10.What to Expect When You’re Expecting, 5/1,216, $1.33 million, $38.766 million.

  

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Box Office Recap: New Releases Take the Cake

For the first time since April 22, two new releases occupy the top two spots on the weekend box office charts. That weekend, “Think Like a Man” and “The Lucky One” knocked out “The Hunger Games” after four weeks on top. This time around, “Madagascar 3” and “Prometheus” sank “Snow White and the Huntsman” to number three in just its second week.

There’s been an absence of family features of late, and it showed in “Madagascar’s” strong $60.35 million showing, which is the fourth-highest opening of the year. The film just missed the $63.1 million the second film in the series made in its opening weekend, but remained in line with the first “Madgascar’s” $61 million over a long Memorial Day weekend in 2005.

The audience for “Madagascar 3” was mostly young (54 percent under 25) and female (56 percent), which makes sense considering its top competition, “Prometheus.” Ridley Scott’s return to sci-fi made $50 million with the exact opposite demographics. Sixty-four percent of its audience was over 25, and 57 percent was male. Although “Prometheus” didn’t quite reach the massive levels some predicted, it still had the fourth-highest second place debut in history.

The new releases got some help from the continued slippage of “Men in Black 3” and “The Avengers,” which now sit at numbers four and five, respectively. Although “slippage” for those two pictures would be considered strong weekends for most other films, as they each cleared the $10 million mark with ease. Worldwide, the two films’ numbers are staggering. “Men in Black 3” is just $12.5 million short of half a billion in total gross after three weeks, while “Avengers” cleared $1.4 billion in its sixth weekend.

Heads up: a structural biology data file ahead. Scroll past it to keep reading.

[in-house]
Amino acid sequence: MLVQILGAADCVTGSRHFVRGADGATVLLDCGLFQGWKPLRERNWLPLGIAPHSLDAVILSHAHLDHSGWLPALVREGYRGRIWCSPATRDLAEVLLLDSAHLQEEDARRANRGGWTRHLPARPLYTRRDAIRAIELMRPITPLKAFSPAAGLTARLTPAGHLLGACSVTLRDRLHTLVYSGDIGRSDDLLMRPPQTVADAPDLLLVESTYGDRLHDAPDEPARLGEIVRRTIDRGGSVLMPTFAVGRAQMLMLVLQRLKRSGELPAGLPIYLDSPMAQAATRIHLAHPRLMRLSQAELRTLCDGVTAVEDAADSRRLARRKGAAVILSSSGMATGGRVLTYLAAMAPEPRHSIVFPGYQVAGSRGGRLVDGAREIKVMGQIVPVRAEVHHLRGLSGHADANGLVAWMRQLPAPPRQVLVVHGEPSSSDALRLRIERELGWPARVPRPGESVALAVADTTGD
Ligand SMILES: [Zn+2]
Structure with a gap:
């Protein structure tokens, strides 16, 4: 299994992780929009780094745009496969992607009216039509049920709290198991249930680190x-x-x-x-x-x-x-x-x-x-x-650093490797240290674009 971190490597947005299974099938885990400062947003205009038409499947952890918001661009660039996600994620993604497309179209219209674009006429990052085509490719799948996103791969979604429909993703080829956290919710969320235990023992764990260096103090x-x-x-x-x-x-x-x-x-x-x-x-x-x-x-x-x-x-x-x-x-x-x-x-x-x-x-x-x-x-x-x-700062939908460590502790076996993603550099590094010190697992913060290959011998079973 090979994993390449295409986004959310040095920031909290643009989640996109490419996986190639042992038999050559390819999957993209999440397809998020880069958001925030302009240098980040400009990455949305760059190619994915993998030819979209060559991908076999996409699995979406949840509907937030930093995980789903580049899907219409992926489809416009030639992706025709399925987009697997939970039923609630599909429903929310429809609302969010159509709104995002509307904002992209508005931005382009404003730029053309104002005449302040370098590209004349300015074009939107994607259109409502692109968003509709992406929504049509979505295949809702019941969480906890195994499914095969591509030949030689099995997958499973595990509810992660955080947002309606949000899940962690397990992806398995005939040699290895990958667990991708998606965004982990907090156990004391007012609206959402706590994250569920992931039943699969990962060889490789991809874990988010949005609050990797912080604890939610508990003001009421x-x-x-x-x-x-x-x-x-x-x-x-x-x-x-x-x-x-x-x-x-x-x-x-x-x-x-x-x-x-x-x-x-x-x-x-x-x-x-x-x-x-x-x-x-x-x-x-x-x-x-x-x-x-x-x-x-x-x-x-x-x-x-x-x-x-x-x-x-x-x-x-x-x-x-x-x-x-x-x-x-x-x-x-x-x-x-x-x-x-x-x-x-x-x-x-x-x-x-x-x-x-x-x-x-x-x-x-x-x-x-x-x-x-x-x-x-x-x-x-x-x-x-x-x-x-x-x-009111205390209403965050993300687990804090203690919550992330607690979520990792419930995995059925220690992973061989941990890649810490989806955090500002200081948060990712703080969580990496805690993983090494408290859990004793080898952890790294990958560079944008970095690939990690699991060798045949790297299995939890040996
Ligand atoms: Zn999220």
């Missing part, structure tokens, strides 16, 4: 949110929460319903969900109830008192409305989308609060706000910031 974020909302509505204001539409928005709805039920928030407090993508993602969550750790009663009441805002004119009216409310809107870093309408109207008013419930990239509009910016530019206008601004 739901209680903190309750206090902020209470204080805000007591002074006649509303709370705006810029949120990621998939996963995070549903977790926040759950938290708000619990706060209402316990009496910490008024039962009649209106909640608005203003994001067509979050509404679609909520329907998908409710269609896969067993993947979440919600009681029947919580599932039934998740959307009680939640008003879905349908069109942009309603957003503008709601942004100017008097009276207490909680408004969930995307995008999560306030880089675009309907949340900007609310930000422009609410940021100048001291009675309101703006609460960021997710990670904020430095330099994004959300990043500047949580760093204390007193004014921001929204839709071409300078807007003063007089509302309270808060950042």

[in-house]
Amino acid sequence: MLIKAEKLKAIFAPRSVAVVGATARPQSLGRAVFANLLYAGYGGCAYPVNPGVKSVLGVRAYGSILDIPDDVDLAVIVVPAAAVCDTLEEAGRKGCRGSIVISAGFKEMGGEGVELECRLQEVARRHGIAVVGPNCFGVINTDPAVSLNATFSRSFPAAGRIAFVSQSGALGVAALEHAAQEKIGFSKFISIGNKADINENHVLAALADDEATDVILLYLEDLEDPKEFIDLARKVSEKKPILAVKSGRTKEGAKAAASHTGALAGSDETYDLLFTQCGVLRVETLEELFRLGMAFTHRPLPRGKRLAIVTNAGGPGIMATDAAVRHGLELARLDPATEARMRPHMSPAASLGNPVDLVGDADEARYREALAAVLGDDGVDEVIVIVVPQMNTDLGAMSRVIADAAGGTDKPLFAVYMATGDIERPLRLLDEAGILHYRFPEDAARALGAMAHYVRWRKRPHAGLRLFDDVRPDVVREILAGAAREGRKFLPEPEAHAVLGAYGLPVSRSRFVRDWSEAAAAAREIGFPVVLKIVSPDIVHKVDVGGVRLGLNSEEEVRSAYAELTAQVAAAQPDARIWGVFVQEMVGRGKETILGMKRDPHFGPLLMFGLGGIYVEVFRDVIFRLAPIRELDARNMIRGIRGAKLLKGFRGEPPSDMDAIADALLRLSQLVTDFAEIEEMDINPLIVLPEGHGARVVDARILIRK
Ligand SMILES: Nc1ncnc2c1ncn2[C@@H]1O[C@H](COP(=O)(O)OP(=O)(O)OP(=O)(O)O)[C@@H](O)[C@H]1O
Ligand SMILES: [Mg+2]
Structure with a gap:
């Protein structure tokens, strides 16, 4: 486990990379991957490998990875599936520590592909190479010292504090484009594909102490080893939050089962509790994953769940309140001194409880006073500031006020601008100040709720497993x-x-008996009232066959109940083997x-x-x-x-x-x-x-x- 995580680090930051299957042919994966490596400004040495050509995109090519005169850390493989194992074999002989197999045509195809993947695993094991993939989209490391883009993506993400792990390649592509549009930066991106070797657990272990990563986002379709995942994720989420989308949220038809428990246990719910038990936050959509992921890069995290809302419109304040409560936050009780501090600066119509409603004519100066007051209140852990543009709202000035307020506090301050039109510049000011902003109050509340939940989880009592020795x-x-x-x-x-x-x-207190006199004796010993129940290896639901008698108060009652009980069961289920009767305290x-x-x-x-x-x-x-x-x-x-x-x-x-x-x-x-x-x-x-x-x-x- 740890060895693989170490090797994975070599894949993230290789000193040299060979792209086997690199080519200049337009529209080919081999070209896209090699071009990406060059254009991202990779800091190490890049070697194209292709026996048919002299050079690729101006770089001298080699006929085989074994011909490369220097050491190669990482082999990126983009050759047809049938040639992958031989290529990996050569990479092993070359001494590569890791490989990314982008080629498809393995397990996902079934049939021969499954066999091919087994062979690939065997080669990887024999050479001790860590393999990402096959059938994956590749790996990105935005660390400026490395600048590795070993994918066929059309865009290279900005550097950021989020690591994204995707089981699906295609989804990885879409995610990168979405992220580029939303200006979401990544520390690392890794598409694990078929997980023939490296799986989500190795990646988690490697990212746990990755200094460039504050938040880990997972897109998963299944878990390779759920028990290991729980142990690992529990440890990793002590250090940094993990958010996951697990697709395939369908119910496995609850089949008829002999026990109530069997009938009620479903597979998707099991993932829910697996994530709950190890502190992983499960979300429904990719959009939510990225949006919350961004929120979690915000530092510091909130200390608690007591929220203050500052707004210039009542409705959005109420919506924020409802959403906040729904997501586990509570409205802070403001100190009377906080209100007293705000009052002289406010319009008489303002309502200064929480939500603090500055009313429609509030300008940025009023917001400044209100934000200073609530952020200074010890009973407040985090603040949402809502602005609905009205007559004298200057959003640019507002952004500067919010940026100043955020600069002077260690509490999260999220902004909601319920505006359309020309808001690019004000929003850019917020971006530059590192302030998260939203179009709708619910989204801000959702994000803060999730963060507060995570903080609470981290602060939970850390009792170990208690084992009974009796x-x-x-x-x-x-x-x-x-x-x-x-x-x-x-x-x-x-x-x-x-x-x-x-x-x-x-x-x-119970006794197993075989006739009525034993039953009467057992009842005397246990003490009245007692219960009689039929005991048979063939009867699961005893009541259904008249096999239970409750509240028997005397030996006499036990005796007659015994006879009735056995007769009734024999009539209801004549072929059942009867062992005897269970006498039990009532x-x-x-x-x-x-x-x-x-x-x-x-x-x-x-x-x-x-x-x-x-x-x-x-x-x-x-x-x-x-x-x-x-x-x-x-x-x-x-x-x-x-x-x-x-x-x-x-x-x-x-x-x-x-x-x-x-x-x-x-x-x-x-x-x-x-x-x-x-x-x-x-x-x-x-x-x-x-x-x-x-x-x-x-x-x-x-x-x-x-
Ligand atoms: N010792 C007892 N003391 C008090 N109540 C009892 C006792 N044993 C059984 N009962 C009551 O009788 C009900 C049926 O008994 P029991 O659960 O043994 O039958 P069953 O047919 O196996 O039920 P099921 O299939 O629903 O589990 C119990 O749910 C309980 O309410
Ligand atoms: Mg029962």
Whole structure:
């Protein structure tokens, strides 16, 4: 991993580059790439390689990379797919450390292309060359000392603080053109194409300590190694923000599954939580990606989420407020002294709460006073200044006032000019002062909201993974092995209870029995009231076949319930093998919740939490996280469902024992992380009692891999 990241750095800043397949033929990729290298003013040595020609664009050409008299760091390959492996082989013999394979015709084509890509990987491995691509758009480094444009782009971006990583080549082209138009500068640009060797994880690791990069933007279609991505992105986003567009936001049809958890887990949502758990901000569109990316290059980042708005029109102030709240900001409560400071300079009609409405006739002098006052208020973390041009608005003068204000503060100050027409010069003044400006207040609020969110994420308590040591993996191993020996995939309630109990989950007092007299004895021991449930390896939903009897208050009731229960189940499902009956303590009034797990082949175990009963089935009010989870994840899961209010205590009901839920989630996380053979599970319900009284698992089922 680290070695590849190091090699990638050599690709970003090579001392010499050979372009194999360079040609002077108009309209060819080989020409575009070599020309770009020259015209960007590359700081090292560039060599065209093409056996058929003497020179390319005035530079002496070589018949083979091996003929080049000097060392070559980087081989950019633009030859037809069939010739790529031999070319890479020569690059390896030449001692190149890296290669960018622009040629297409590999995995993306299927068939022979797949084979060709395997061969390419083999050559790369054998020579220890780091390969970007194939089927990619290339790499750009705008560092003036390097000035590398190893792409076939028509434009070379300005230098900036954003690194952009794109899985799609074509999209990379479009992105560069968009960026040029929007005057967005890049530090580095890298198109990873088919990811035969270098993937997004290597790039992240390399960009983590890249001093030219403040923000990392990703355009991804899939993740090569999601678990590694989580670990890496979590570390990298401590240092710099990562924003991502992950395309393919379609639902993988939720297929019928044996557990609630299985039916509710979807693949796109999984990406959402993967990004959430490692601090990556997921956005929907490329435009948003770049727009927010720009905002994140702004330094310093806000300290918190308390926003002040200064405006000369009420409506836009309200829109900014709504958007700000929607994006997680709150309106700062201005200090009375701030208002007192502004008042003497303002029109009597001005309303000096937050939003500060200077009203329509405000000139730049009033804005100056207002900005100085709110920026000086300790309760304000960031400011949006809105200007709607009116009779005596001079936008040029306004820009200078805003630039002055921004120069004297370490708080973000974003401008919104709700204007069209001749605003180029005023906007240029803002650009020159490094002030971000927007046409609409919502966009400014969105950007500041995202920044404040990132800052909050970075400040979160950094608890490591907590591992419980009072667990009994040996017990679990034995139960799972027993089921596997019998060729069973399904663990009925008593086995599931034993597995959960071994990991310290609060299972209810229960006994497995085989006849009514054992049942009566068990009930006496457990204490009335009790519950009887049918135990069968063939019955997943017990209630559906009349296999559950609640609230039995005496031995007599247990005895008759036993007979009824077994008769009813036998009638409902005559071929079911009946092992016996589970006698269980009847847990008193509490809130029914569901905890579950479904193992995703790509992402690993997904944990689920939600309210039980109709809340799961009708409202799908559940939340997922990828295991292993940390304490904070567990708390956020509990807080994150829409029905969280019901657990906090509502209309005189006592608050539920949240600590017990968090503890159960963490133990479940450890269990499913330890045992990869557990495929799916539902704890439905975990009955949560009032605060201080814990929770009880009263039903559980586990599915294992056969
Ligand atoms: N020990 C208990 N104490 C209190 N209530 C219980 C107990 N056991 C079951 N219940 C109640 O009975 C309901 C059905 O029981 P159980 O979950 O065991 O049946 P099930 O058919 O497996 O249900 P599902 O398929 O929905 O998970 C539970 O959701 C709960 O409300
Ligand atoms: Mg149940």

Behind them, “What to Expect when You’re Expecting” and “The Best Exotic Marigold Hotel” remained cemented in the six and seven spots. “Battleship” and “The Dictator” tumbled from numbers four and five last weekend to the eight and nine slots. Perhaps the most notable part of that development is “Battleship’s” steep drop in theater count. After being show in 3,144 locations last weekend, the film was on nearly 1,200 fewer screens.

Finally, in tenth place was Wes Anderson’sMoonrise Kingdom.” The film took in nearly $1.6 million despite playing in only 96 theaters, giving it a weekend-best $16,448 per-theater average. The film has now earned $3.8 million after showing in 16 theaters last weekend and just two during its debut.

Here are the results for this weekend’s top 10 at the box office:

Title/Weeks in release/Theater count, Studio/Three-day weekend total/Cume
1. Madagascar 3, 1/4,258, Paramount/Dreamworks, $60.35 million.
2. Prometheus, 1/3,396, Fox, $50 million.
3. Snow White and the Huntsman, 2/3,777, Universal, $23.021 million, $98.5 million.
4. Men in Black 3, 3/3,792, Sony, $13.5 million, $135.505 million.
5. The Avengers, 6/3,129, Disney/Marvel Studios, $10.809 million, $571.86 million.
6. The Best Exotic Marigold Hotel, 6/1,298, Fox Searchlight, $3.235 million, $31.009 million.
7.What to Expect When You’re Expecting, 4/2,087, $2.71 million, $35.745 million
8. Battleship, 4/1,954, Universal/Hasbro, $2.286 million, $59.83 million.
9. The Dictator, 4/1,651, Paramount, $2.15 million, $55.189 million.
10. Moonrise Kingdom, 3/96, Focus, $1.579 million, 3.75 million.